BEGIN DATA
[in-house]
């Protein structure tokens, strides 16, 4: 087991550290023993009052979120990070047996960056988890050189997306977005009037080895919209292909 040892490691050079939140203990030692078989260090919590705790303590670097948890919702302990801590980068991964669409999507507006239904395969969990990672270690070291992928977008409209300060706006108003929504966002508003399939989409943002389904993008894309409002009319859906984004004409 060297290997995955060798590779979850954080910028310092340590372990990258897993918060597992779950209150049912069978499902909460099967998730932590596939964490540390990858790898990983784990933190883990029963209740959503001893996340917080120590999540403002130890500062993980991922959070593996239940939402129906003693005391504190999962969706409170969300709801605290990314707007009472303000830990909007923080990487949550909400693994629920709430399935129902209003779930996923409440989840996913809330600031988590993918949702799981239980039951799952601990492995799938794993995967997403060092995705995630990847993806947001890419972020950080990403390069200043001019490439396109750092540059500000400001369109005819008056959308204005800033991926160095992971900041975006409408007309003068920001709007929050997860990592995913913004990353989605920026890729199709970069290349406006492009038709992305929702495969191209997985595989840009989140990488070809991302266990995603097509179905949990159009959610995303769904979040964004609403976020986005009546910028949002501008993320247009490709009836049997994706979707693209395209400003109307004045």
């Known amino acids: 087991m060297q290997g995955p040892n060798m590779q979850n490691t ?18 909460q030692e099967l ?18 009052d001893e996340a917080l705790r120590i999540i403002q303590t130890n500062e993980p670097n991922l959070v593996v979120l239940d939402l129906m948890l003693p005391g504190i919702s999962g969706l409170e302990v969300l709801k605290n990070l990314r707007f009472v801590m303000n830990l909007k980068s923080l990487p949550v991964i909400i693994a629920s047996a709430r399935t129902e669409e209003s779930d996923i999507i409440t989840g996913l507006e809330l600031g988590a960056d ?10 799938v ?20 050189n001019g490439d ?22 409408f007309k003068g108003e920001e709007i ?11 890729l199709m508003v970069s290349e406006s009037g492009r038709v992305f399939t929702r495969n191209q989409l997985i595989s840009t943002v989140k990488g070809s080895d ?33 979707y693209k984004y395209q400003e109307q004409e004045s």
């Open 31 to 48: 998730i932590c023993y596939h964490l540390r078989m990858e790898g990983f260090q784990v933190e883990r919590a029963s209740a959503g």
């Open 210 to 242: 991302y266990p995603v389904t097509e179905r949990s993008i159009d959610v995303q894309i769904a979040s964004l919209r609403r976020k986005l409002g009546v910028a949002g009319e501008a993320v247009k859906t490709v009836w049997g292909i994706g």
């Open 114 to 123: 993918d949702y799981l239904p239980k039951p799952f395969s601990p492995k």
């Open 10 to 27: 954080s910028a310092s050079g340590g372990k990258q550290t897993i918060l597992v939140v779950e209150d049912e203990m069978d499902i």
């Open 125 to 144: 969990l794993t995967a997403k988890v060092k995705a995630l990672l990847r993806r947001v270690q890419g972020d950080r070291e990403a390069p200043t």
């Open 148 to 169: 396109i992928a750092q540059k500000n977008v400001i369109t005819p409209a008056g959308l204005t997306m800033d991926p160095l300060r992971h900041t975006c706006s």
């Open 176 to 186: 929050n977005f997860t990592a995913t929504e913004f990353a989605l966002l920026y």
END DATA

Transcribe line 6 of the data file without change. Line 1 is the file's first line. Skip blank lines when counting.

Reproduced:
């Open 114 to 123: 993918d949702y799981l239904p239980k039951p799952f395969s601990p492995k």